• "In order to reveal the molecular mechanism of the p.K660N and another recently described somatic breast cancer mutation in FGFR2, p.R203C [32], expression vectors that direct the synthesis of FGFR2-IIIb carrying the breast cancer mutations were constructed and tested for their biological activity following transient expression in HEK293 cells. The p.R203C mutation is located in the extracellular Ig domain 2 of the receptor and the arginine at this position is highly conserved between species and all four human FGFRs (Fig. 2). "
    [Show abstract] [Hide abstract]
    ABSTRACT: It is known that FGFR2 gene variations confer a risk for breast cancer. FGFR2 and FGF10, the main ligand of FGFR2, are both overexpressed in 5-10% of breast tumors. In our study, we sequenced the most important coding regions of FGFR2 in somatic tumor tissue of 140 sporadic breast cancer patients and performed MLPA analysis to detect copy number variations in FGFR2 and FGF10. We identified one somatic heterozygous missense mutation, p.K660N (c.1980G>C), within the tyrosine kinase domain of FGFR2 in tumor tissue of a sporadic breast cancer patient, which is likely mediated by the FGFR2-IIIb isoform. The presence of wild type and mutated alleles in equal quantities suggests that the mutation has driven clonal amplification of mutant cells. We have analyzed the tyrosine kinase activity of p.K660N and another recently described somatic breast cancer mutation in FGFR2, p.R203C, after expression in HEK293 cells and demonstrated that the intrinsic tyrosine kinase activity of both mutant proteins is strongly increased resulting in elevated phosphorylation and activity of downstream effectors. To our knowledge, this is the first report of functional analysis of somatic breast cancer mutations in FGFR2 providing evidence for the activating nature of FGFR2-mediated signalling in the pathogenesis of breast cancer.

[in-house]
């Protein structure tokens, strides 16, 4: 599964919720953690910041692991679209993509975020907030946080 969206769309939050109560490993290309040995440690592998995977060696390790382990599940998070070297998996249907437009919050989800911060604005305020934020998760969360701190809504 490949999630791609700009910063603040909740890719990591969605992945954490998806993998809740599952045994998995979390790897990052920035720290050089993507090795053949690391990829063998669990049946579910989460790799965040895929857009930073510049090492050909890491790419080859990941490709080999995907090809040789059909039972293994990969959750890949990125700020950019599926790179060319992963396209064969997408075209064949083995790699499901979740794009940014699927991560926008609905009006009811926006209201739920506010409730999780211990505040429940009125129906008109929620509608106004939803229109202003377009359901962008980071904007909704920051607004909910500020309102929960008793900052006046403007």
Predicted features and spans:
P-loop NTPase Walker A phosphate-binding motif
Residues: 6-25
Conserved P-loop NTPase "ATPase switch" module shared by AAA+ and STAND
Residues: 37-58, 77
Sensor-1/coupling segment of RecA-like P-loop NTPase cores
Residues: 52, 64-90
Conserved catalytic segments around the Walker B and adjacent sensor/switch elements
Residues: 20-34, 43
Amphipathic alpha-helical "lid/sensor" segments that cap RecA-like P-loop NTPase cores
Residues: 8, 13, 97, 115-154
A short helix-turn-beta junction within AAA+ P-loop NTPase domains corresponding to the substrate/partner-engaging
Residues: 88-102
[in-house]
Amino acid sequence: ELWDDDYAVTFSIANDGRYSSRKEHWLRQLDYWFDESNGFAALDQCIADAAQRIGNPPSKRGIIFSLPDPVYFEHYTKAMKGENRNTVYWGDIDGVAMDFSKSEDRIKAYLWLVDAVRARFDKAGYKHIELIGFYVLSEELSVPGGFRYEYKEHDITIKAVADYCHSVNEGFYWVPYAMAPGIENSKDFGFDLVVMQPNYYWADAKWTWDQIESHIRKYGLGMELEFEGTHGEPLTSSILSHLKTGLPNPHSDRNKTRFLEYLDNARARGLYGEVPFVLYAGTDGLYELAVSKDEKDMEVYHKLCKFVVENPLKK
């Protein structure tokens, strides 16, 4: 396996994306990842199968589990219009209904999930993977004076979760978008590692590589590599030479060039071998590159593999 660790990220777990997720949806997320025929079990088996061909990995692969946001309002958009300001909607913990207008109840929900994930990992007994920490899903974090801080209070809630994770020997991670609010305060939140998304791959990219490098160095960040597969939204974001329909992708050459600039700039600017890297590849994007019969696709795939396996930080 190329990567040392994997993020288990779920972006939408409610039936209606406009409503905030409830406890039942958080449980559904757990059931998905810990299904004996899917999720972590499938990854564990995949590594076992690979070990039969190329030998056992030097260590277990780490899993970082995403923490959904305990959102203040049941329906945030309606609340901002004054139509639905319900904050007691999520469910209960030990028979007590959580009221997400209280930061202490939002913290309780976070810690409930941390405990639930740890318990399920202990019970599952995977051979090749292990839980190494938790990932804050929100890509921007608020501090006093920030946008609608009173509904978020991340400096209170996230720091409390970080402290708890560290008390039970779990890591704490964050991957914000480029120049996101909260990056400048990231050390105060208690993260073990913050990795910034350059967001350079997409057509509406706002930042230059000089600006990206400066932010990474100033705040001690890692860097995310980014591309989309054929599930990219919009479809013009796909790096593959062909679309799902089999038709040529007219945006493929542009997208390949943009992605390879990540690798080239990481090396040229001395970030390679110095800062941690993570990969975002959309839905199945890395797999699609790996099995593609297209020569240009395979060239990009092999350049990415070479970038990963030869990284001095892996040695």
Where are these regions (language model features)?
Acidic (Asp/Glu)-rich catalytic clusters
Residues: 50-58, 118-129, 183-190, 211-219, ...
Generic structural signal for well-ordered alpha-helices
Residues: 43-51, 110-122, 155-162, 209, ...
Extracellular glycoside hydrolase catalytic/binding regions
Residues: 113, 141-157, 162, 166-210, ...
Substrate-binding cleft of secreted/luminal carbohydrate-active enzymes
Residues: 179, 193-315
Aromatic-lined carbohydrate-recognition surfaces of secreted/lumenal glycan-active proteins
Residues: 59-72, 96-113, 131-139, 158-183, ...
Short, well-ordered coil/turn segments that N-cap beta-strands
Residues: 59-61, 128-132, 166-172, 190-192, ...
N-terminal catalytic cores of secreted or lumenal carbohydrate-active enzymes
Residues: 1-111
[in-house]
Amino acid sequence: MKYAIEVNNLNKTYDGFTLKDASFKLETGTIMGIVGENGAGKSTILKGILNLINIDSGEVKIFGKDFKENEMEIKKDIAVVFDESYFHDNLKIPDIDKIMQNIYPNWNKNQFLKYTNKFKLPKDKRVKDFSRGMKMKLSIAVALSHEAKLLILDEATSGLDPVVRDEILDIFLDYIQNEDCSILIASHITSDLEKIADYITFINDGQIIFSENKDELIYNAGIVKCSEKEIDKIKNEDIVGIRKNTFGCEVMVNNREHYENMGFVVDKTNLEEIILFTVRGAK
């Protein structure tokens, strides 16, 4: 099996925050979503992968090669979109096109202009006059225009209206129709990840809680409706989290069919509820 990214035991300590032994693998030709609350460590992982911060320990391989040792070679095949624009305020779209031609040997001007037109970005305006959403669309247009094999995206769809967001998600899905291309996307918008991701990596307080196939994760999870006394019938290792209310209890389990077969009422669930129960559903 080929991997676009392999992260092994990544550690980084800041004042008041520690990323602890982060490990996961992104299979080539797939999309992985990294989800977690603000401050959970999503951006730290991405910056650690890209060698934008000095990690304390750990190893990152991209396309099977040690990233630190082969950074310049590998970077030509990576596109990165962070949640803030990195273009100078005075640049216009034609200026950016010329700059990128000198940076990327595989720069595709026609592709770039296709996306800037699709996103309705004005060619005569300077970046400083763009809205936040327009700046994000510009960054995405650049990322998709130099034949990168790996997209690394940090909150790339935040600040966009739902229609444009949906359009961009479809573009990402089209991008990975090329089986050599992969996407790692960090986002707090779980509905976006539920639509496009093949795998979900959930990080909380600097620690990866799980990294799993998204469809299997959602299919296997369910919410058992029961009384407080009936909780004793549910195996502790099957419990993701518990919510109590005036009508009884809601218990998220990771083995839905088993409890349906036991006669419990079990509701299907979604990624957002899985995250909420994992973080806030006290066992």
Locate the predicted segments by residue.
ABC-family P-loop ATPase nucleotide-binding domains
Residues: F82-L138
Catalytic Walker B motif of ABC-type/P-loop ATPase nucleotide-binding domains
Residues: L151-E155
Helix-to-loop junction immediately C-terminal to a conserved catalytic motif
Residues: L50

Full-text · Article · Mar 2013 · PLoS ONE
Show more

Similar Publications